The record counts fourteen tracks and includes duets with Scissor Sisters' Jake Shears and Claudia Brucken. The album was co-written and recorded throughout 2004 and 2005 with Manhattan Clique (Philip Larsen and Chris Smith) who have previously worked with Erasure, Moby, The B-52's, Stereophonics and Goldfrapp. The reocord will be released in the U.S. on October 4. (Click here to pre-order "Electric Blue" from Amazon.)

Read brief song by song reviews of "Electric Blue" after the jump.

The album kicks off with a fine piece of electro-bliss on "Intro." Consider it a brief warm up to the electro thunder that is about to unleash itself. Bell declares the dancefloor open with the synth stomper "Caught In A Spin" that includes some Spanish guitars which gives the tune a nice organic touch. The album reaches its first climax on track #3, the single "Crazy." The song is clearly the most obvious single choice. Bell knows that you can't go wrong with a deliciously hooky chorus and his choir boy vocals. This one will be stuck in your head after first listen. Bell speaks his truth on "Love Oneself," a duet with Claudia Brucken. Bell sings, "Life is a riot. We only have one life. This is not a rehearsal." Just like I said. This is perfect dancefloor stuff.

The next track is the much-anticipated duet of Bell and Scissor Sisters' Jake Shears on "I Thought It Was You." It is a fat slice of disco funk with Shears' high-pitched vocals craftfully layered over Bell's singing. The song is not particularly catchy, but mostly spotlights the teaming of two gay music icons. The sci-fi title track "Electric Blue" features a dirty, dark bass line and '80s handclaps. Bell lays out every gay man's issue in this song when he sings, "Pain in my heart. Pain in my soul. Pain my feet." Yes, that is right. The dancefloor is gonna get you.

"Jealous" shows off Bell's terrific songwriting skills. He is able to pack big emotions into (seemingly) simple lyrics. "Shaking My Soul" is a festive pop song featuring a horn section and group backing vocals while Bell has memories about "back in the day." "Runaway" is a fitting, mid-tempo electro ballad that comes just in time to take a short break from Bell's dancefloor.

Bell delivers some of his finest lines on the electro-clash, Warren Fischer-style "I'll Never Fall In Love Again," when he confesses so poignantly, "They say still waters run deep, and now I'm clinging to the shore." On "Delicious," he once again reunites with singer Claudio Brucken for a duet. "Fantasy" is a heartfelt singalong ballad that is low on synths but high on emotion.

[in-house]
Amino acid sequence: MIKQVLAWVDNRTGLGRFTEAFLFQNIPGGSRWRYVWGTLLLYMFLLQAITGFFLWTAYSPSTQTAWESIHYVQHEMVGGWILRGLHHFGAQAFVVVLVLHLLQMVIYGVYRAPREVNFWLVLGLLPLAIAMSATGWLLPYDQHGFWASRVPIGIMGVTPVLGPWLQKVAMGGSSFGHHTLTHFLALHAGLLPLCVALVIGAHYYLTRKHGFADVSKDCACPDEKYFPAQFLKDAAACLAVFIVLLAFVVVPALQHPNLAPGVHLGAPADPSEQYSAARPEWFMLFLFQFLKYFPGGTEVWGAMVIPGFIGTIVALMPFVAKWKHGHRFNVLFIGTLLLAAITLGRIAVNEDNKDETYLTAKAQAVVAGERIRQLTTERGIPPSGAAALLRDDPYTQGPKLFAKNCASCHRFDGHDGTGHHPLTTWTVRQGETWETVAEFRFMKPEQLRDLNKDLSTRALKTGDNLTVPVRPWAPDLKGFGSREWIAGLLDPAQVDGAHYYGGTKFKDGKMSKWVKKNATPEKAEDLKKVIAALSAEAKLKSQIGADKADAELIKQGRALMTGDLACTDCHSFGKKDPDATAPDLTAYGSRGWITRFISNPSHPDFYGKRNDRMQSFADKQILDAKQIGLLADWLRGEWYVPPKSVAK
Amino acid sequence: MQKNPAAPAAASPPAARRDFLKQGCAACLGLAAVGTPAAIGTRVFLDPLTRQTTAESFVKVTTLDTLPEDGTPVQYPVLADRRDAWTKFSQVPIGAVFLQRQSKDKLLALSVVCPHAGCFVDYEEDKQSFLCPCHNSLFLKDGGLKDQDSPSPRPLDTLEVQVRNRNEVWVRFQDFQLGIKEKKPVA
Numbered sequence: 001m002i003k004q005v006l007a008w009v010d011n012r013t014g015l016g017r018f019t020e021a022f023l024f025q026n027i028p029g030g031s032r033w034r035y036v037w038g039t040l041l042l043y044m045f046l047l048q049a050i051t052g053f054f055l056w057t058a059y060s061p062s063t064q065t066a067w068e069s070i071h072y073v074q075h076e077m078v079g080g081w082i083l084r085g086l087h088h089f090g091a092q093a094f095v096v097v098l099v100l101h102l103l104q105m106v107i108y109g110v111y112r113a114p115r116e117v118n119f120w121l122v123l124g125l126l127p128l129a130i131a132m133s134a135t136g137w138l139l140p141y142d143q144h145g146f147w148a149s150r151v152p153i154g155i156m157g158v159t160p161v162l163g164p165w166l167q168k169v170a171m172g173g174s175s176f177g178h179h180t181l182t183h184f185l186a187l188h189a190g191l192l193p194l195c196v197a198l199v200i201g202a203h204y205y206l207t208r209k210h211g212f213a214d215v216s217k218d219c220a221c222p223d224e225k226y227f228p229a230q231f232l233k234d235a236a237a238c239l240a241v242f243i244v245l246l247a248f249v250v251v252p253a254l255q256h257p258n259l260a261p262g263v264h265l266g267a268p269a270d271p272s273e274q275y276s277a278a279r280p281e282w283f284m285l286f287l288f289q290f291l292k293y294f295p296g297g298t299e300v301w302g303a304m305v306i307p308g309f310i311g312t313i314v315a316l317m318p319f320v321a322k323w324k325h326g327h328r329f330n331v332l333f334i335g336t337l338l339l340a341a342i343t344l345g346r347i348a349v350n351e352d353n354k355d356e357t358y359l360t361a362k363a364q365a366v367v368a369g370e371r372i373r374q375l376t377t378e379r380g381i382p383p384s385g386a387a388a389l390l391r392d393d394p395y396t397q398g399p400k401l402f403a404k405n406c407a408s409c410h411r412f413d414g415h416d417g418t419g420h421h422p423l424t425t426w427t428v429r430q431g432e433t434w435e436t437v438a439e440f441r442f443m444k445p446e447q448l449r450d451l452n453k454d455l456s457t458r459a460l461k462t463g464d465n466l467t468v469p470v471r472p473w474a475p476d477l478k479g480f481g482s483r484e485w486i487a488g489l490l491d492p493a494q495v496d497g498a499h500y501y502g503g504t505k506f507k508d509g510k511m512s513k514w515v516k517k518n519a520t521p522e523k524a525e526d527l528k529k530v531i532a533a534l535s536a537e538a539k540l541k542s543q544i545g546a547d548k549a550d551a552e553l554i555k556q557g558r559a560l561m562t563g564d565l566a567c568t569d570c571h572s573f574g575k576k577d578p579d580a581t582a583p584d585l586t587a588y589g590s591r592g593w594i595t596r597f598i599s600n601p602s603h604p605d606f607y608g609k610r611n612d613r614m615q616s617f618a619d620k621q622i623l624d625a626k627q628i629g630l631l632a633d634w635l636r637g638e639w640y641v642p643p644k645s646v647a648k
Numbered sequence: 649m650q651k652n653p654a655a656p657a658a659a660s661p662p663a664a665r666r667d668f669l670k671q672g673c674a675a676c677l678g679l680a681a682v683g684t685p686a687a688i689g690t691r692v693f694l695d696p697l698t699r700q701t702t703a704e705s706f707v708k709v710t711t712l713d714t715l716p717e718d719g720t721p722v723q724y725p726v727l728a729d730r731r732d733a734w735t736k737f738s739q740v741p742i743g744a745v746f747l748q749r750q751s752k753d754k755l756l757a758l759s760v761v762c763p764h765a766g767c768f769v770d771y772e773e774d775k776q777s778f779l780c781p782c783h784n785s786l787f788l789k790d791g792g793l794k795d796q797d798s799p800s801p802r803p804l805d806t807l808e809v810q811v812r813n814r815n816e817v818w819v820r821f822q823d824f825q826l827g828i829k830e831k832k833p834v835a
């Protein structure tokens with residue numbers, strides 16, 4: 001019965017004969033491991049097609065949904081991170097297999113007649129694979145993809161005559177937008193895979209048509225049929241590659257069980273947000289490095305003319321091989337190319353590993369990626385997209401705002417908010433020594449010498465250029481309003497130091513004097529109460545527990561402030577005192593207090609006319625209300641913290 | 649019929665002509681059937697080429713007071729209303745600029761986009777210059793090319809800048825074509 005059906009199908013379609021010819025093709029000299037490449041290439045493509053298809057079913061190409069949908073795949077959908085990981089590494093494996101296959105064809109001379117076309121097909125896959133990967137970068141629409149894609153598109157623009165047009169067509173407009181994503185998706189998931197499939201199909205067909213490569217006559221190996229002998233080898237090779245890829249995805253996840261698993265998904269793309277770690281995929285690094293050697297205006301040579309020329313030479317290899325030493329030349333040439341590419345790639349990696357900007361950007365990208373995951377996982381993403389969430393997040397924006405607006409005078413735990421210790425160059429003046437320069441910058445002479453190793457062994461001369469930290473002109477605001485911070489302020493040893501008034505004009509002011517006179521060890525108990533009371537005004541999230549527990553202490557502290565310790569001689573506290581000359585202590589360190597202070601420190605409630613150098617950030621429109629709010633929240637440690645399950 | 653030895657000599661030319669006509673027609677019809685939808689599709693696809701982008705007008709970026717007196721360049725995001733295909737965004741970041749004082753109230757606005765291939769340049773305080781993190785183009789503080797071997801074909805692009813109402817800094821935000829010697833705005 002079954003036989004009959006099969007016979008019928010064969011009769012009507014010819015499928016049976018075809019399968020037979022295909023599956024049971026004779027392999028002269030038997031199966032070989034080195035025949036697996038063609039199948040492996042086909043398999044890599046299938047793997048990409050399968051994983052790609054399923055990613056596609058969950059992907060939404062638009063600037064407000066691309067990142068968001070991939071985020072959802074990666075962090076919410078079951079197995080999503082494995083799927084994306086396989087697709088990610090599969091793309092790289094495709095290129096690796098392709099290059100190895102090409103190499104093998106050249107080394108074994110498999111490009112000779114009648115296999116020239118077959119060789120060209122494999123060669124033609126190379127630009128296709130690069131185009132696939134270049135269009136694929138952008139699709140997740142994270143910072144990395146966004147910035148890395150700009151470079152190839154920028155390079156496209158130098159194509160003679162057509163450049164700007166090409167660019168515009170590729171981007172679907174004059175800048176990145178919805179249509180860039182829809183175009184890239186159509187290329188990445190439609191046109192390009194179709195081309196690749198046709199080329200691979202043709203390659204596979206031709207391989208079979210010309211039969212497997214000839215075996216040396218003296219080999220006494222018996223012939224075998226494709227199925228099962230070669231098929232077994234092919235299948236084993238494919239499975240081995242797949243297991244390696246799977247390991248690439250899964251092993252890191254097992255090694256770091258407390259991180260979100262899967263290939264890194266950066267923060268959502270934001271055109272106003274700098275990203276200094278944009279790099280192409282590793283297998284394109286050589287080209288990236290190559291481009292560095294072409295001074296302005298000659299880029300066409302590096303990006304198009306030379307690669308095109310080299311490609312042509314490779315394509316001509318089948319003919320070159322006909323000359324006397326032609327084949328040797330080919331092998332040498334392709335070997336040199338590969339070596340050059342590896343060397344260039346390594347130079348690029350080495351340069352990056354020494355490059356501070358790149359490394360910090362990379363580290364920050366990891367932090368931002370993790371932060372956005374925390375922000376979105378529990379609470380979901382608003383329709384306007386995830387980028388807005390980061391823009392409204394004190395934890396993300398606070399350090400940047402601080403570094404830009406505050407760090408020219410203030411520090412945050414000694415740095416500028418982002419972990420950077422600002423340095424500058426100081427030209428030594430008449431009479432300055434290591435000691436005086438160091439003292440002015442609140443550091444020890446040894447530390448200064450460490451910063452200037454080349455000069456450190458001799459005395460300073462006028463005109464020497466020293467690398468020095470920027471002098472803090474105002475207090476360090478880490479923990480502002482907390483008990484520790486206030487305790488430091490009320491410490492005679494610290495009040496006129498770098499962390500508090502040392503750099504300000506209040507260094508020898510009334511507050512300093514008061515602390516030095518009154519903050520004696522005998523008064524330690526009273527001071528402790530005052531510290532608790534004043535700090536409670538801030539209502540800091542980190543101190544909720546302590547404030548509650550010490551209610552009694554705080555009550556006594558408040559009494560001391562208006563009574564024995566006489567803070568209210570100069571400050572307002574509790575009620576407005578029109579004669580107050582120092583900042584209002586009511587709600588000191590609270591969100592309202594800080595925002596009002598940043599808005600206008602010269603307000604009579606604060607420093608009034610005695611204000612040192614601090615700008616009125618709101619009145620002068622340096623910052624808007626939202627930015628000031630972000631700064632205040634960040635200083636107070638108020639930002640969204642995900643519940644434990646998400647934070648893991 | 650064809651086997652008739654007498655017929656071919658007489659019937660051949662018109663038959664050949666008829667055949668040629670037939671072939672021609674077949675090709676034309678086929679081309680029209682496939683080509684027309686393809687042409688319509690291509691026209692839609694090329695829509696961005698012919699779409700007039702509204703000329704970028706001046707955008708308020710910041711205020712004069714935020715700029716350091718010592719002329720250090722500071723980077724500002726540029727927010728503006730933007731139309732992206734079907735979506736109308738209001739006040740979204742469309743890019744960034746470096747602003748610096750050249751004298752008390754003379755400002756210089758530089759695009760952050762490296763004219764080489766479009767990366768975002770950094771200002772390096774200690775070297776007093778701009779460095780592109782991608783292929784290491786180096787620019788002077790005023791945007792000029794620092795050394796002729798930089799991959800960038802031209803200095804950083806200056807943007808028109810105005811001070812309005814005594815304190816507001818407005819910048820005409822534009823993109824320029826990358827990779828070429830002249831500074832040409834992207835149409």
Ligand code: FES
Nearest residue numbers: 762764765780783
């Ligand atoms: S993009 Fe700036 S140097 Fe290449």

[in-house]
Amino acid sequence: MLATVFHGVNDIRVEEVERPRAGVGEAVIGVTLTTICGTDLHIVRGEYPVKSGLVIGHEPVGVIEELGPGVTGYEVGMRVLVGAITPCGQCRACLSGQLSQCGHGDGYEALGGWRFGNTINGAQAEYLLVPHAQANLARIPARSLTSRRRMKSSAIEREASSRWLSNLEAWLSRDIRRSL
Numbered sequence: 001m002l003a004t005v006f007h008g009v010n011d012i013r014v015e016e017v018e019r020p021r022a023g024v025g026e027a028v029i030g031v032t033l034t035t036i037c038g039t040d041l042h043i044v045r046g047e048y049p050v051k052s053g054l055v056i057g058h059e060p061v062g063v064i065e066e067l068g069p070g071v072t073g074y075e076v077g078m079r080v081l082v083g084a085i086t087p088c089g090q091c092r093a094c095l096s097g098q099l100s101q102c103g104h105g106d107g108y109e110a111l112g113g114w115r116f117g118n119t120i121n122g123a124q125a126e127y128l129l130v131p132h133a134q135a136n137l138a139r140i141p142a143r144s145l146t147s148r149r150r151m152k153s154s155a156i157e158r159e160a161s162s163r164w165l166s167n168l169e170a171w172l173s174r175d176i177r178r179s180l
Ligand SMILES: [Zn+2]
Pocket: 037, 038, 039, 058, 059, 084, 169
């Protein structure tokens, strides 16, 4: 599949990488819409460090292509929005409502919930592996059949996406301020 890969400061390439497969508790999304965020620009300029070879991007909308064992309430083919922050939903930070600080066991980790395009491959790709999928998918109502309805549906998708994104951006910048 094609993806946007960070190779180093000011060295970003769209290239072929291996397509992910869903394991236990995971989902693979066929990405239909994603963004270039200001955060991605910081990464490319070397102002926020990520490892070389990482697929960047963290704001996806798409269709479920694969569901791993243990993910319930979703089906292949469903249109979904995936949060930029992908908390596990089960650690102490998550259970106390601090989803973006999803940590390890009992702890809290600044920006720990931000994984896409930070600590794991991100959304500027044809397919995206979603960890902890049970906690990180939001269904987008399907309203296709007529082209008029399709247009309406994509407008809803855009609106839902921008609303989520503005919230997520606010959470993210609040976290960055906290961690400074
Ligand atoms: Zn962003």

Once of the album's highlights is "See The Lights Go Out" that brings Bell's dancefloor bliss to an end. While the DJ is about the spin his last tune, Bell sings "I'm searching for the angles in the sky. I'm loving this sensation tonight." The album concludes with "The Rest Of Our Lives" that serves as a dancefloor cool down with piano and acoustic guitar that oozes Bell's positive, lust for life attitude.

This album represensent some of Bell best songwriting and his unique, spirited vocals. Also, Manhattan Clique have added their own electro spin to give Bell truly a sound of his own. (Click here to pre-order "Electric Blue" from Amazon.)


 

August 17, 2005 in Sneak Peek | Permalink | Comments (14)

Sneak Peek: Jason Mraz "Mr. A-Z"

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Jason Mraz returns next week with his new album "Mr. A-Z." After scoring the mega hit "The Remedy" in 2003, Mraz went on an extensive tour to play songs from his debut album and meet fans around the world. Currently, he is on tour in the U.S. opening for Alanis Morissette. During the 2004 presidential elections, the singer took a strong political stand on his blog, and was a vocal advocate of equal rights for gays. Together with legendary producer Steve Lillywhite (U2, Rolling Stones, Dave Matthews Band) he collaborated on his new album. "Mr. A-Z" lifts Mraz up to a new level of maturity that makes him more than a one-hit wonder. His endearing goofiness and humor is still there (listen to "Geek In The Pink" and "Wordplay" ), but his sentiments have grown stronger as shown on "Song For A Friend" and "Plane." This new record proves that Jason Mraz is a songwriting force to be reckoned with.

Make sure to check out my interview with Jason in the August issue of GENRE.

Arjanwrites_video Watch Jason Mraz "Mr. A-Z"

July 13, 2005 in Sneak Peek | Permalink | Comments (4)